(JTA) – Federal Court Justice Justice Ann Marie McDonald has ordered Canada’s chief electoral officer to review his decision not to recommend changing the federal election date because it falls on a Jewish holiday.
The decision comes in response to a lawsuit filed by a Jewish candidate in Canada’s federal election and a Jewish voter claiming that the election date discriminates against observant Canadian Jews.
What it means: The federal election date or some of the advance polling days could be changed. Shemini Atzeret, one of the last days of the Sukkot holiday, falls this year on Election Day, Oct. 21. Of the four advance polling days, three are on other Jewish holidays or Shabbat.
Chani Aryeh-Bain, the Conservative Party candidate for the Toronto-area riding of Eglington-Lawrence, is an observant Jew and therefore would not be able to campaign on Election Day, the lawsuit says. Voter Ira Walfish of York Centre, also a Toronto-area riding, also filed the lawsuit.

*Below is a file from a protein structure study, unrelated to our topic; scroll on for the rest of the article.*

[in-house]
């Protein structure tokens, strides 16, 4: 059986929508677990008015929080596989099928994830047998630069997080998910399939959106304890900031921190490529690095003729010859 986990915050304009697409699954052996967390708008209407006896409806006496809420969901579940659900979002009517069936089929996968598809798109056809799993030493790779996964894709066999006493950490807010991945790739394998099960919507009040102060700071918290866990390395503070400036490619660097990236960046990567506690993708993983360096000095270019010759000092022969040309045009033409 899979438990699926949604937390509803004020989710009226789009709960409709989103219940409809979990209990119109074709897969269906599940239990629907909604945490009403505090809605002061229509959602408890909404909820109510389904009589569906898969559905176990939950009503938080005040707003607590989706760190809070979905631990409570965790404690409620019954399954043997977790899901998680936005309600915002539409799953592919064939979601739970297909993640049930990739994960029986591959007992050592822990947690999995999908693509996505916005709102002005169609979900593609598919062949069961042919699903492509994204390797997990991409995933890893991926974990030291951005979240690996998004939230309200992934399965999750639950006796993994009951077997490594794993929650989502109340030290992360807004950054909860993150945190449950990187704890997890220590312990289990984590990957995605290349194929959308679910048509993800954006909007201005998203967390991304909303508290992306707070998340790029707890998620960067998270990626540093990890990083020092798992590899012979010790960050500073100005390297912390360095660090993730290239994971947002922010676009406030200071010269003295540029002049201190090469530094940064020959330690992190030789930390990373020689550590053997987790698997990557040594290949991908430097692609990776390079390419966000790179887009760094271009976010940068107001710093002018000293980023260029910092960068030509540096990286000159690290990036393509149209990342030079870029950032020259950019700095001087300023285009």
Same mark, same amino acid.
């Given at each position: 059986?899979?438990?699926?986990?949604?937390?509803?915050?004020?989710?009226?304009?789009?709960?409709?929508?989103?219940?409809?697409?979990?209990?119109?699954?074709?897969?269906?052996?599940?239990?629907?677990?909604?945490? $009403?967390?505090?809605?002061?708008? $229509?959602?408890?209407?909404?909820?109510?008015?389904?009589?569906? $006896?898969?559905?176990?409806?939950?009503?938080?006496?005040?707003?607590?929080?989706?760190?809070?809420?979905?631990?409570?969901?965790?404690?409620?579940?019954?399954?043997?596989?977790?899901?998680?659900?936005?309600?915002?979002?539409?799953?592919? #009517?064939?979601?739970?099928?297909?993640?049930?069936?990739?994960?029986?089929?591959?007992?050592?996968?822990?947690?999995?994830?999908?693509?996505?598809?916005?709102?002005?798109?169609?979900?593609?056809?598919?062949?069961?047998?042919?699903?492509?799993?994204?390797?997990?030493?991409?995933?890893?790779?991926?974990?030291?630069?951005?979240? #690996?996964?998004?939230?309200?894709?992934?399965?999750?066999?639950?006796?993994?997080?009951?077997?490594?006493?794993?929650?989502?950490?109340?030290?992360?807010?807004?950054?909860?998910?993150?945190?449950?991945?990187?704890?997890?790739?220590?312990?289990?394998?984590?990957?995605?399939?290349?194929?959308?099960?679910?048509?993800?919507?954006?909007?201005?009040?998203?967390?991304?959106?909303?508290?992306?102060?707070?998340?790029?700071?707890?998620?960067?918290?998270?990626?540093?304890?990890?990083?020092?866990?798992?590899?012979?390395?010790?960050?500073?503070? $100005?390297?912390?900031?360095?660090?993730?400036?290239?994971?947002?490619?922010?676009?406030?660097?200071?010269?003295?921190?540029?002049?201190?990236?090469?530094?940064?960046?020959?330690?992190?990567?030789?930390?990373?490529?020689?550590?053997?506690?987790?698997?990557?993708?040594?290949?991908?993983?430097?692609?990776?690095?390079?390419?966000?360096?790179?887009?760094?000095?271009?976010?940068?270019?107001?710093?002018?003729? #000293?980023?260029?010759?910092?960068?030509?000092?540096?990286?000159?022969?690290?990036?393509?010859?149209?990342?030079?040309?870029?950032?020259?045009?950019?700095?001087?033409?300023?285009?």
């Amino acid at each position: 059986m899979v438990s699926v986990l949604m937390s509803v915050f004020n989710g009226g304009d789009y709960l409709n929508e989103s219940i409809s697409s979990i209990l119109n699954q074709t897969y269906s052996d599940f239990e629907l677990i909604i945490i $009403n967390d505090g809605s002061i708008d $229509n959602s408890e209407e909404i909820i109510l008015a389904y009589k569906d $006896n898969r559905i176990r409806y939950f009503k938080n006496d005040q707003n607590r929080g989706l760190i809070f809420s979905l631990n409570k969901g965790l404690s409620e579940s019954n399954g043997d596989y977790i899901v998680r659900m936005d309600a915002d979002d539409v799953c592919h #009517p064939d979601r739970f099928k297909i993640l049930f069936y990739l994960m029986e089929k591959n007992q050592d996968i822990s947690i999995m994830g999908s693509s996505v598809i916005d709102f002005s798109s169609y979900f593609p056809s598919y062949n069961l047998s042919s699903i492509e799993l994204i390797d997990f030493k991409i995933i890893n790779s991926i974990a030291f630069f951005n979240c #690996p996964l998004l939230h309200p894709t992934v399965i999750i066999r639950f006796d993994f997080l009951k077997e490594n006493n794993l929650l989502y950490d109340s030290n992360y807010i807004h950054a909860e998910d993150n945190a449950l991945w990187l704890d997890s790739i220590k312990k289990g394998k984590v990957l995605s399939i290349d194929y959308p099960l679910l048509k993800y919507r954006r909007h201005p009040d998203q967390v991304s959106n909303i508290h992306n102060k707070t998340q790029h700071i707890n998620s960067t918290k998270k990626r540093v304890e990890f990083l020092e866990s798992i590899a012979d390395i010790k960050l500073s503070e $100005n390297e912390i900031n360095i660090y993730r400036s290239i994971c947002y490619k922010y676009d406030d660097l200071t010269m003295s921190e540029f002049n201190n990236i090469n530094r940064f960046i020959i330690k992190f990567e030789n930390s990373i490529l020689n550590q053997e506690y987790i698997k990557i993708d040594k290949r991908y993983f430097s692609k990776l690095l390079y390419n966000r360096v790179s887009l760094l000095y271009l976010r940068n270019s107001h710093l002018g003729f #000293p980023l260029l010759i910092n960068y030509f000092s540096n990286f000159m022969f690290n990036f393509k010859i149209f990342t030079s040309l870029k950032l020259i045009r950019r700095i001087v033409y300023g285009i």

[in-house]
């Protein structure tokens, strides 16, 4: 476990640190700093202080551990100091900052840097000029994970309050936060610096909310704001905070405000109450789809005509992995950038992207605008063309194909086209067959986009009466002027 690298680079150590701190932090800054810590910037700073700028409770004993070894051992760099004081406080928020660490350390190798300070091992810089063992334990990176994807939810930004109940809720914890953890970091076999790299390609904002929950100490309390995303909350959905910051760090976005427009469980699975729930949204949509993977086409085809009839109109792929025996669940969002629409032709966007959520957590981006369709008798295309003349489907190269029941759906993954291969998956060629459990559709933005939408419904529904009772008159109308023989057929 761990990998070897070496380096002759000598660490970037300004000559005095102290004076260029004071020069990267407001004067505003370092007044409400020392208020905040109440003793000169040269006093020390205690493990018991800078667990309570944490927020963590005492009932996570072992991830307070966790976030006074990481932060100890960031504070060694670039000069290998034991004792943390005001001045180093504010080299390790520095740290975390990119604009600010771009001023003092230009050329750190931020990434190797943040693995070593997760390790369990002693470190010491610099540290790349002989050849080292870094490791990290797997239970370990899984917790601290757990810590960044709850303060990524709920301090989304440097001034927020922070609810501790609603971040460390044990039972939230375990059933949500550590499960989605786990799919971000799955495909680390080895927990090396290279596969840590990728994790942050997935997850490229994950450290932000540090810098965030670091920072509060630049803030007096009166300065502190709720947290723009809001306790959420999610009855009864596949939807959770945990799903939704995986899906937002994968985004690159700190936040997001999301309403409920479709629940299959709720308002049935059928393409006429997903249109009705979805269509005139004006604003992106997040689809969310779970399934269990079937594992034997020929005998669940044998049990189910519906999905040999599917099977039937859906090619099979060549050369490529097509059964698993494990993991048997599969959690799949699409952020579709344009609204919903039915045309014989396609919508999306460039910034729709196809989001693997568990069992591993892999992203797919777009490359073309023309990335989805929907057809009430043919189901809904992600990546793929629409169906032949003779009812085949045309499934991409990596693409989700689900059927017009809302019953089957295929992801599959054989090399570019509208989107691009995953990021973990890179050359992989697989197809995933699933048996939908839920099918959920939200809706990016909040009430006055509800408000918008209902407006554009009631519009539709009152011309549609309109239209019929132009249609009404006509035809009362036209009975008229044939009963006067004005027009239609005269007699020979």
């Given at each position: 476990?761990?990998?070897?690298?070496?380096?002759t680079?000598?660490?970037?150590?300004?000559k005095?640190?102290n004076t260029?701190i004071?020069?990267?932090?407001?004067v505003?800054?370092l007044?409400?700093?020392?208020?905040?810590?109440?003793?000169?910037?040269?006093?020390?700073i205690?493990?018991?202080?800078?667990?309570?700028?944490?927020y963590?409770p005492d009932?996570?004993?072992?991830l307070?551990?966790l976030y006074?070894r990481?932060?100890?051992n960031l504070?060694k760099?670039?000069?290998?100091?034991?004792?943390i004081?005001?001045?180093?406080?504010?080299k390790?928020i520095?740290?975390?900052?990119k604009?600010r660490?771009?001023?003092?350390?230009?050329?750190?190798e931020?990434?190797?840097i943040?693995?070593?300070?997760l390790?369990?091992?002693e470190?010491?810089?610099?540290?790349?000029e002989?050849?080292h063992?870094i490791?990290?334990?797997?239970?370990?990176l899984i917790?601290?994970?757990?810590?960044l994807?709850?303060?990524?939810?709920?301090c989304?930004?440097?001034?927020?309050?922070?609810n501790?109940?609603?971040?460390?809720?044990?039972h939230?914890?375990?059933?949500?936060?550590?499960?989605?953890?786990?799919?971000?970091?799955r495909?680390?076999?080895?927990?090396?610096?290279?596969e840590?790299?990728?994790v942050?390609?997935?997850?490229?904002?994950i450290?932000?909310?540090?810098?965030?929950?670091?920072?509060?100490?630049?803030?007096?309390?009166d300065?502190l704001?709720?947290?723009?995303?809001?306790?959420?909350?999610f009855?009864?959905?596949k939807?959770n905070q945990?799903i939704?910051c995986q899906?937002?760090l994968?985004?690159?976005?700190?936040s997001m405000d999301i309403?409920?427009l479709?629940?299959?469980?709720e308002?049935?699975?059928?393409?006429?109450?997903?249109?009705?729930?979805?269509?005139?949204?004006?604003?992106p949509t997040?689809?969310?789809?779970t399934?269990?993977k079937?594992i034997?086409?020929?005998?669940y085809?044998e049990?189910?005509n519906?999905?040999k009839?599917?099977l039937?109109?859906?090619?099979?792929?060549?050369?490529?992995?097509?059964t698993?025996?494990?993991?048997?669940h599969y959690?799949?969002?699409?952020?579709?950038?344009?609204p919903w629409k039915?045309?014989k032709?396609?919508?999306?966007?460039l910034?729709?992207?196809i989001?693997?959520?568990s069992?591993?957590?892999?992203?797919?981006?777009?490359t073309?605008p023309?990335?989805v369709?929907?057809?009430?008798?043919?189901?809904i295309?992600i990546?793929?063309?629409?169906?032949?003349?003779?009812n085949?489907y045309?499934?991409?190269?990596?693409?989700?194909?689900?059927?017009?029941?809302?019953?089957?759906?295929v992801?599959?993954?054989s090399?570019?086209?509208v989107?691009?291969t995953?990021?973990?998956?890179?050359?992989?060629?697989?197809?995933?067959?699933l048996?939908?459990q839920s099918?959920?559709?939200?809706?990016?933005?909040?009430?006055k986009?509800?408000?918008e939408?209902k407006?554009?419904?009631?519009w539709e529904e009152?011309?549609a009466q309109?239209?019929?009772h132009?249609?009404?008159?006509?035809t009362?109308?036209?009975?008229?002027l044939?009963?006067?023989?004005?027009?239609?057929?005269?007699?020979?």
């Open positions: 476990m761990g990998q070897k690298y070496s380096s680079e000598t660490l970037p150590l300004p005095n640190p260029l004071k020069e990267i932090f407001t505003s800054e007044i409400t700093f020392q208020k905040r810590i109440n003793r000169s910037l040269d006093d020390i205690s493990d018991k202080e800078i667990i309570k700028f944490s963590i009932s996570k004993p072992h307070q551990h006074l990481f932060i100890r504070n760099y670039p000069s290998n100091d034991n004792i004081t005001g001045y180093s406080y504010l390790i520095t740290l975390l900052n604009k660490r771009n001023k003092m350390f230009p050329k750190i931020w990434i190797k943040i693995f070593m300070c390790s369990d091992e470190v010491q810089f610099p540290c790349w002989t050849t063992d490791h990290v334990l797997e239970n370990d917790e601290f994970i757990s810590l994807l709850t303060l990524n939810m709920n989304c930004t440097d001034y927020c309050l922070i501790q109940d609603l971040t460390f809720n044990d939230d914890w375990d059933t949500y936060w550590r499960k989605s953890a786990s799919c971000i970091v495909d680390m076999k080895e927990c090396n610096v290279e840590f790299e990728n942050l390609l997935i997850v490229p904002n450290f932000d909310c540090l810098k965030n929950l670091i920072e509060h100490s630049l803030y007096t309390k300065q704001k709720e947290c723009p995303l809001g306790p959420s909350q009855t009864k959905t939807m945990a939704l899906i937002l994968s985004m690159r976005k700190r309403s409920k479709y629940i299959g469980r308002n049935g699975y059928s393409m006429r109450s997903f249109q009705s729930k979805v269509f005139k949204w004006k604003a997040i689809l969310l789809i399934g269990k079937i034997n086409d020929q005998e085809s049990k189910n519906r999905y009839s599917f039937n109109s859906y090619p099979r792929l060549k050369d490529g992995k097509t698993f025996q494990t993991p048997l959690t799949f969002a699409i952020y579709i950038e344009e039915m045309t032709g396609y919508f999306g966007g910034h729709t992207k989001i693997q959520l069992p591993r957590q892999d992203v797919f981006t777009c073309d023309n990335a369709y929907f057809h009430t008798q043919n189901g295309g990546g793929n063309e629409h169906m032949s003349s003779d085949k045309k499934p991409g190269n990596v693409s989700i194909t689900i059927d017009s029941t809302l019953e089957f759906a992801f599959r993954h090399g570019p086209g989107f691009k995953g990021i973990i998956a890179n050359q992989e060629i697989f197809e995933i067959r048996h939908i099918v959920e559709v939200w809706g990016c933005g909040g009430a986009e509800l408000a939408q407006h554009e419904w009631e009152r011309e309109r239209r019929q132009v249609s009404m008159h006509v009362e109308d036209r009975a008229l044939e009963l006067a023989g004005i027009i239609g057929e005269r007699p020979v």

“This judicial review is granted as the overall decision of the CEO does not demonstrate the hallmarks of transparency, intelligibility and justification, as it is not possible to determine if he undertook the necessary proportionate balancing between the applicant’s charter rights and the exercise of his statutory duty,” the court ruling said, CBC reported. The chief electoral officer is Stéphane Perrault.
Since 2007, Canadian law has mandated that federal elections be held on the third Monday in October in the fourth calendar year following the previous election. Canada’s 2008 federal election fell on the first day of Sukkot.
“We respect the democratic and judicial process that has led to today’s ruling. Changing the date at this stage entails considerable logistical and financial implications. We note that Elections Canada has taken significant measures, in consultation with the Jewish community, to ensure every Jewish voter can cast their ballot. We will respect the Chief Electoral Officer’s decision and will continue working closely with Elections Canada to support its efforts to maximize voter participation and inclusion of the Jewish community – which is a cornerstone of democracy,” said Shimon Koffler Fogel, CEO of the Centre for Israel and Jewish Affairs, in a statement in response to the court ruling.
The Ottawa Jewish Bulletin contributed to this report.